Forced indie credibility shines in ‘Summer’


Ever since the cultural explosion and widespread acceptance of The First Indie Flick As Far As Normal America Is Concerned, “Garden State,” there has been a slew of slightly off-beat, nicely scored films enjoying some basking time and universally well-received reviews – “I Heart Huckabees” and “Eternal Sunshine of the Spotless Mind,” to name a few.

Enter the latest installment in this new-fangled genre, (500) Days of Summer. It’s a relatively worn path of boy meets girl, girl leaves boy, boy grieves. However, (500) does prevail more valiantly in its attempts to modern-up the recipe through a rethought chronology, with days 1 through 500 of the main characters’ ordeal together, starting with the first day they met.

Tom Hansen (Joseph Gordon-Levitt) is British pop music sap and a “Graduate” fan at that. He sashays through life working at a greeting card company, content to wait for his paramount passion, destined dear, The One.

Summer Finn (Zooey Deschenel), Tom’s boss’s new assistant, is a slightly jaded individual who thinks love is just some elusive farce. After the two experience a kismet encounter with The Smiths and each other in an elevator, an attraction ignites, and a thick plotline ensues.

S&T embark on what resembles to T a relationship, despite S’s warning beforehand that she doesn’t believe in the stuff. Such adorable vignettes including drunken karaoke, dates to Ikea (any Pavement fans in the house?) and sagacious little sisters breathe life into the film.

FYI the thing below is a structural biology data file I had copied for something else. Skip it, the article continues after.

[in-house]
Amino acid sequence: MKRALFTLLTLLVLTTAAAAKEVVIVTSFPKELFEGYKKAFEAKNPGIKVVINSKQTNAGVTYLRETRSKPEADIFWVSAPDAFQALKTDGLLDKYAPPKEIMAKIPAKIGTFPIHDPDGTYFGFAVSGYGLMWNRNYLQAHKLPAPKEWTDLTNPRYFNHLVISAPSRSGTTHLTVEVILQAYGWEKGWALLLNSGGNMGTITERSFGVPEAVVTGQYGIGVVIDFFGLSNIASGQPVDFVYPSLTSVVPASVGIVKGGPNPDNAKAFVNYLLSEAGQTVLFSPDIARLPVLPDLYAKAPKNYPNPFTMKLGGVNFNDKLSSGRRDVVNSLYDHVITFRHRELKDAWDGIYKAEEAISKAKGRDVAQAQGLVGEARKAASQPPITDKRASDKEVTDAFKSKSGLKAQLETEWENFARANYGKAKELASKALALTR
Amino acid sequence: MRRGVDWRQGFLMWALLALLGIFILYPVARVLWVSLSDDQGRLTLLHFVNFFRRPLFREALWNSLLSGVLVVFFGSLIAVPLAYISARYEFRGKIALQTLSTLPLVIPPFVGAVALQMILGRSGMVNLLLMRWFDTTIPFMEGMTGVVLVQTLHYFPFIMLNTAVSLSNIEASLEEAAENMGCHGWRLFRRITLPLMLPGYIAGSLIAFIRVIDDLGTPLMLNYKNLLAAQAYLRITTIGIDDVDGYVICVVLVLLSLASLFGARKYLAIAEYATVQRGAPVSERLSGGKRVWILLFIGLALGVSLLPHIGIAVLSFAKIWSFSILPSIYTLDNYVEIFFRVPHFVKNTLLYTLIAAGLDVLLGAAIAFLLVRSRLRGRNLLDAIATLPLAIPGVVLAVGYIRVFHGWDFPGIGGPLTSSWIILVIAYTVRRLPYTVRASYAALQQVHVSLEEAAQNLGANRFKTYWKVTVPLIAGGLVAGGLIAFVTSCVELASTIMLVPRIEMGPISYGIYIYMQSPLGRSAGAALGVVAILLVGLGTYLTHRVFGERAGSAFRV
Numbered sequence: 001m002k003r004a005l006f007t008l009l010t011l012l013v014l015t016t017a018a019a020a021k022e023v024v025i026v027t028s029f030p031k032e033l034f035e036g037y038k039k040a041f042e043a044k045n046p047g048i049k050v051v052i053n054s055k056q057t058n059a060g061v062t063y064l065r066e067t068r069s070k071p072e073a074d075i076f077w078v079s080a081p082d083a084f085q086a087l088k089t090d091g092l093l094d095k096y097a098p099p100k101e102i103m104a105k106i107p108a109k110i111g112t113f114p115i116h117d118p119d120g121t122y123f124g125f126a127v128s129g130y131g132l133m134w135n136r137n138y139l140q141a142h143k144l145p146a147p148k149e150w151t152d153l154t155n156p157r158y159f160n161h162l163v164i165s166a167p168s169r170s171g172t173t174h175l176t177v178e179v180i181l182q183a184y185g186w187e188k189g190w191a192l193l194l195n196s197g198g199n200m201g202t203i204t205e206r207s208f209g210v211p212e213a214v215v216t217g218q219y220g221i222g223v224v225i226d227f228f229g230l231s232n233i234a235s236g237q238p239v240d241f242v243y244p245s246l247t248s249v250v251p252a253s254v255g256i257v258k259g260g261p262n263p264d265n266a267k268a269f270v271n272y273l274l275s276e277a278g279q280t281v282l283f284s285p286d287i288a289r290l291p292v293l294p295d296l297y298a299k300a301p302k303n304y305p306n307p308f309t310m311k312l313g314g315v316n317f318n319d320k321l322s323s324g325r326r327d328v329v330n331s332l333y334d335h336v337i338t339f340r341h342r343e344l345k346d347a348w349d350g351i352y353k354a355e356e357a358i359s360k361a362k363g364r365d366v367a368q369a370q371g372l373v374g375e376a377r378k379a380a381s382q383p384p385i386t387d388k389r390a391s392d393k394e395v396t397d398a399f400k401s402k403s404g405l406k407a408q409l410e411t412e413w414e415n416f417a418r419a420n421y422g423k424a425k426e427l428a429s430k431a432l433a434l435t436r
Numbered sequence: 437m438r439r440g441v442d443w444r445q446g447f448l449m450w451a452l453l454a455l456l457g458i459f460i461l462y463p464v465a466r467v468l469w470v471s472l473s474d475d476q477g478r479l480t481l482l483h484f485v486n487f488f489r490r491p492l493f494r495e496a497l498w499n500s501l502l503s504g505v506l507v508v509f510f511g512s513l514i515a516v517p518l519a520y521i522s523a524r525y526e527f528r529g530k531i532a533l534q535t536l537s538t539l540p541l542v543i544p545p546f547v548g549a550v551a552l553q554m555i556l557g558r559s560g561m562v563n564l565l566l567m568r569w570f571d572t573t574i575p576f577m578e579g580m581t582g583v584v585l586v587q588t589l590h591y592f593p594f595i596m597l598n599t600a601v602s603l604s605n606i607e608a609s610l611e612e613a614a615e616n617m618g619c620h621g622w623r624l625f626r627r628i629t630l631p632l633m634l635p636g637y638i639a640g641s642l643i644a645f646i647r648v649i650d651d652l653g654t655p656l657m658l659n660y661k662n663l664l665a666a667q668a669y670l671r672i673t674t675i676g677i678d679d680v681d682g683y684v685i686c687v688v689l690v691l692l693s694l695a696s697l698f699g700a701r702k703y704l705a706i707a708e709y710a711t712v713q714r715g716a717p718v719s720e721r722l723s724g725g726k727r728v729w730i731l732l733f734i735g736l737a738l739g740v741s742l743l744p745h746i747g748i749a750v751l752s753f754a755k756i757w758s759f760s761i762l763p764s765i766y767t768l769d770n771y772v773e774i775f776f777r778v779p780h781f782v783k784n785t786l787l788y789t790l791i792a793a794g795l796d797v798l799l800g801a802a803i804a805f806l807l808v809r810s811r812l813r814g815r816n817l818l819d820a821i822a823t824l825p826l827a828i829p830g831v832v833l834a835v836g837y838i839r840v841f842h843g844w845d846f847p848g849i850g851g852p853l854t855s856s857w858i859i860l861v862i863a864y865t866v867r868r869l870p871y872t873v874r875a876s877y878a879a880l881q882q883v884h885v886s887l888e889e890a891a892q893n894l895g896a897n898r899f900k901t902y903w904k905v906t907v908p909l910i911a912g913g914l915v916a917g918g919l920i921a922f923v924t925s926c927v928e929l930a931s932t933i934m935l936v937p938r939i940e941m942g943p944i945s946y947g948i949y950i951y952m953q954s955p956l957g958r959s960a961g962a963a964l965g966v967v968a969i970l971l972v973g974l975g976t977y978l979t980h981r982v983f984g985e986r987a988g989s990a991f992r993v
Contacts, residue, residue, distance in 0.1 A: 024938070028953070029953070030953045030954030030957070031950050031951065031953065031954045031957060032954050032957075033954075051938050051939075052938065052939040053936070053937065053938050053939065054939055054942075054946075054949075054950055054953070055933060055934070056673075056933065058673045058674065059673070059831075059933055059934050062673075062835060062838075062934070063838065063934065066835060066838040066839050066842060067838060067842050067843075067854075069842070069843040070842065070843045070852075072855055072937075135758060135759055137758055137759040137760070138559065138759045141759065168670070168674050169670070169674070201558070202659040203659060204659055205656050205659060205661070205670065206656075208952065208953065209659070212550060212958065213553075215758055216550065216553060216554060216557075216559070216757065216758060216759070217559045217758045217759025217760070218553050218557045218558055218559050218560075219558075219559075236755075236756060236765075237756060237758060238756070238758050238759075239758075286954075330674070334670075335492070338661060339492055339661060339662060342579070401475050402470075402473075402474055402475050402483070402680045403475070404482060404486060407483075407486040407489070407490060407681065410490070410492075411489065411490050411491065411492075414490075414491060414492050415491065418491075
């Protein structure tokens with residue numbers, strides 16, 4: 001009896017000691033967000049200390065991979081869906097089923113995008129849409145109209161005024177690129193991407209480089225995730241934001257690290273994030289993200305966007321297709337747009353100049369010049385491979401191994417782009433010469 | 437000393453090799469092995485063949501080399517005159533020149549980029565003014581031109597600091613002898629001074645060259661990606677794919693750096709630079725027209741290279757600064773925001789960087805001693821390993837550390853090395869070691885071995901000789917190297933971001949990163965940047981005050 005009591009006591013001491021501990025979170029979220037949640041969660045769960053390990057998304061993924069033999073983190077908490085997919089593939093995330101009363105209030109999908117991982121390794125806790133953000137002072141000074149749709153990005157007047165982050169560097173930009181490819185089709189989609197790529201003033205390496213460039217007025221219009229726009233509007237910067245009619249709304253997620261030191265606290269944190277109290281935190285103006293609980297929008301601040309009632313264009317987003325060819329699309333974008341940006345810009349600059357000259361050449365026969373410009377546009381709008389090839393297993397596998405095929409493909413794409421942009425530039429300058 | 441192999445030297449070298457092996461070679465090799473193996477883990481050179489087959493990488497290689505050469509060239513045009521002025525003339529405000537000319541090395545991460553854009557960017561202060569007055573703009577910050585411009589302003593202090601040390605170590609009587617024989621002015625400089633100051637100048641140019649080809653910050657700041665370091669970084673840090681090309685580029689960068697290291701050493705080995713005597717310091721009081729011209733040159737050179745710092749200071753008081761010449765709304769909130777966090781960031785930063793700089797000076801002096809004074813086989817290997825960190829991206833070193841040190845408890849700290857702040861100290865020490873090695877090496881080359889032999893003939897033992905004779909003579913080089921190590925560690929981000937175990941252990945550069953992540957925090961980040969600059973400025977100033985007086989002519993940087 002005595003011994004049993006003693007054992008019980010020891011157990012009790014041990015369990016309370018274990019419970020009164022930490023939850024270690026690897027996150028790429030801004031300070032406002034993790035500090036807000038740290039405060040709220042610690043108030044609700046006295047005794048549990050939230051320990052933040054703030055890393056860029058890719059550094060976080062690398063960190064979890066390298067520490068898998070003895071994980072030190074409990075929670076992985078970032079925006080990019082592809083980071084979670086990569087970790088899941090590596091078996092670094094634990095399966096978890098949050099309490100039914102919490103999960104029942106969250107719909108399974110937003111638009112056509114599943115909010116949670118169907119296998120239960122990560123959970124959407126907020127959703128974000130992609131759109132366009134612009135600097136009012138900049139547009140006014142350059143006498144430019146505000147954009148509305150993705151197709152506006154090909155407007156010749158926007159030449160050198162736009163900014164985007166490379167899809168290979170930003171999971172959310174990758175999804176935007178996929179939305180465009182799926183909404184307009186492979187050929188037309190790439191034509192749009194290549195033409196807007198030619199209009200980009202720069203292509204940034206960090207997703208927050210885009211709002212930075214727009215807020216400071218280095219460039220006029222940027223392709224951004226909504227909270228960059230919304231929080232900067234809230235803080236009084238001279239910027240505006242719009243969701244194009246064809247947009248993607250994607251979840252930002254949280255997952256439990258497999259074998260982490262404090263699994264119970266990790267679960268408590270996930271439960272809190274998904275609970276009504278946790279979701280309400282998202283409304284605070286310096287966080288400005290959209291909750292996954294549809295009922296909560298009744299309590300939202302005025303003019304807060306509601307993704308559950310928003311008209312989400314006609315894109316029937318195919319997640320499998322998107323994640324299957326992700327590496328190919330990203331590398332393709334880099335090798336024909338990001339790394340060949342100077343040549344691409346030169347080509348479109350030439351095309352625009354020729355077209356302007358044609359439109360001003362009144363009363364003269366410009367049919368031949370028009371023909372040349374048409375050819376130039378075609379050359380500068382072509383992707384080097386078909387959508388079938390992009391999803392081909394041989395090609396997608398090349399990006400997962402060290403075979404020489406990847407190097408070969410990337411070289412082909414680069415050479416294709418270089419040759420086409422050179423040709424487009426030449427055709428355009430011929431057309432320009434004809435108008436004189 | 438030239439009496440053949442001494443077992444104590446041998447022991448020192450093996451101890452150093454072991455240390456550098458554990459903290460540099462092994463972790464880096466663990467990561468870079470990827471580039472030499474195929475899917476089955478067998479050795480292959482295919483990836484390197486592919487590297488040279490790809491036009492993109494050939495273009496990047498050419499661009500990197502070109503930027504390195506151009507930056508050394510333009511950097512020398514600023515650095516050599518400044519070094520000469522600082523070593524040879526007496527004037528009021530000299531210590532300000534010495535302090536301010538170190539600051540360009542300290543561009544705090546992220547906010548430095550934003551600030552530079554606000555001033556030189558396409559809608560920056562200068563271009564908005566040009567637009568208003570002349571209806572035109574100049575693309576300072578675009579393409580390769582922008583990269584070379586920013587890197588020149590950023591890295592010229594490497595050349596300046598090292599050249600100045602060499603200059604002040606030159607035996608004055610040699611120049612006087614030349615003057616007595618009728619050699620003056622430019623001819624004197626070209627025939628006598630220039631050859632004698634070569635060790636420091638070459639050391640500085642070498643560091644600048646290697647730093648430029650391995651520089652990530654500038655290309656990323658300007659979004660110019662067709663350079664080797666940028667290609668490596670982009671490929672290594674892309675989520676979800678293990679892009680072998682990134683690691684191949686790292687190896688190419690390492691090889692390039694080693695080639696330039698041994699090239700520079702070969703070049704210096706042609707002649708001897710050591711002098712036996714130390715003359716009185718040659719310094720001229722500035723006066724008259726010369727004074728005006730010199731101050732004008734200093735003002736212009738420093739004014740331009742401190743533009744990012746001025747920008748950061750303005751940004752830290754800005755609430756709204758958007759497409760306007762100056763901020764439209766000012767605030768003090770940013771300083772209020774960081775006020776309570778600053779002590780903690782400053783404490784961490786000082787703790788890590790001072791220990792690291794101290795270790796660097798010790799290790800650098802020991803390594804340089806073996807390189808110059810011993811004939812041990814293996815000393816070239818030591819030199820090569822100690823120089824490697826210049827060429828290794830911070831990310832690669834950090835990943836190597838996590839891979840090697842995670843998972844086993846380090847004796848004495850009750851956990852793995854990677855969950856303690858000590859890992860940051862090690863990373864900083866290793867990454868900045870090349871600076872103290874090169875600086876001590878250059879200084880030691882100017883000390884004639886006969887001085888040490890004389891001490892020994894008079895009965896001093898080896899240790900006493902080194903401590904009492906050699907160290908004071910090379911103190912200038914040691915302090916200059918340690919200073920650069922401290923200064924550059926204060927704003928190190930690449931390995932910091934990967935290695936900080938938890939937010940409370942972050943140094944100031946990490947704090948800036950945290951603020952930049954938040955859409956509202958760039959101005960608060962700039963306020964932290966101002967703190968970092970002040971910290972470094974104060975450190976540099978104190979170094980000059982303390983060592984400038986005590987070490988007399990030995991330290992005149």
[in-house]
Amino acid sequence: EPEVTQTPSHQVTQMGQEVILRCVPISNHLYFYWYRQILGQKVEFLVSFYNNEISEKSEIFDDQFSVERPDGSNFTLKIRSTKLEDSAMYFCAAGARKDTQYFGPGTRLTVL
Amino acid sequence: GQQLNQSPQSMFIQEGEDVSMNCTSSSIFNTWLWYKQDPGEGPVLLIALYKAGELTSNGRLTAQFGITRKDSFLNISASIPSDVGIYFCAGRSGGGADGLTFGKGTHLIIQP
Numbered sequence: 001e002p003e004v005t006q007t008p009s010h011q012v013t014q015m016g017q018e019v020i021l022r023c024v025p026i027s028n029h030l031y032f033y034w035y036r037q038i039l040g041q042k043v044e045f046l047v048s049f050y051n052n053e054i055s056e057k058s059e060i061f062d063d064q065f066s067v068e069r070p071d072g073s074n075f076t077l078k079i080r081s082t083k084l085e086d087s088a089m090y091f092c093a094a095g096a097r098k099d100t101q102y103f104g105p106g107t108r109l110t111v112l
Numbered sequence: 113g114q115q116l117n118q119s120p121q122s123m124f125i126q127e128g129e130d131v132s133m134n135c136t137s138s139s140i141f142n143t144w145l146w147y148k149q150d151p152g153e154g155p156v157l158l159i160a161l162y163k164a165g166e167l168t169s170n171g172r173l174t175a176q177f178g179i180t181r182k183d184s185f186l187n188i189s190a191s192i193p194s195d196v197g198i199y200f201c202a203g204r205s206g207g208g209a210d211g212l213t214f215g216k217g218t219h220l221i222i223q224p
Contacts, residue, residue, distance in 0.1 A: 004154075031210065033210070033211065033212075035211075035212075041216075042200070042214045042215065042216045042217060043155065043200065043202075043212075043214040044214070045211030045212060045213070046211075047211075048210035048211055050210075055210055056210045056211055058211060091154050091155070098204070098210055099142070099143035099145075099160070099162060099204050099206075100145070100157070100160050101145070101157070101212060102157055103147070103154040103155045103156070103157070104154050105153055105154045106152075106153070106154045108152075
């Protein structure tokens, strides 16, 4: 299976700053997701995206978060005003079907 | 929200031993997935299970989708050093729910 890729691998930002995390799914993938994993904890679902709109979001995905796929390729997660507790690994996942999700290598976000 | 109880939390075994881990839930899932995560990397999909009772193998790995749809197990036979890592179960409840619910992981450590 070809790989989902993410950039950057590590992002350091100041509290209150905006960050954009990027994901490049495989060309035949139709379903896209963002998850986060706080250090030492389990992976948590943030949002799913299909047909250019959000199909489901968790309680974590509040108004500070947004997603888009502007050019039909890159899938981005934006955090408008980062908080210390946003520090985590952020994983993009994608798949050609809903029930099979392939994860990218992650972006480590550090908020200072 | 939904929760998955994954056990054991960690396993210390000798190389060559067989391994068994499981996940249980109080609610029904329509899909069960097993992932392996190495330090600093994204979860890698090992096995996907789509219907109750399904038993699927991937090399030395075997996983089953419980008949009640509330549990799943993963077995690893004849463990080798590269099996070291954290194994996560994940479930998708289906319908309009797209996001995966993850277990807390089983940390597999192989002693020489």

The switch of classic sex roles in (500) of assigning the dominant, stoic guise to the girl and the love-struck, attached outfit to the guy seems exemplary of the carousel roles of today. I mean, with the rising number of women employed at more executive positions and whatnot, it’s only evolution.

Despite my initial urge to dislike it the same way I do Urban Outfitters, what with its desperate attempts to appeal to this 18 to 20-something counterculture, it somehow works.

All of the vintage-inspired attire, Summer’s Belle and Sebastian quote in her yearbook and even the quirky choreographed number Tom leads down the Los Angeles streets after finally bedding Summer, ties together in a neat, comprehensive and fun package. Although the out-of-order approach proves a little confusing at times, (500) surfaces as an engrossing and educational cinematic gem.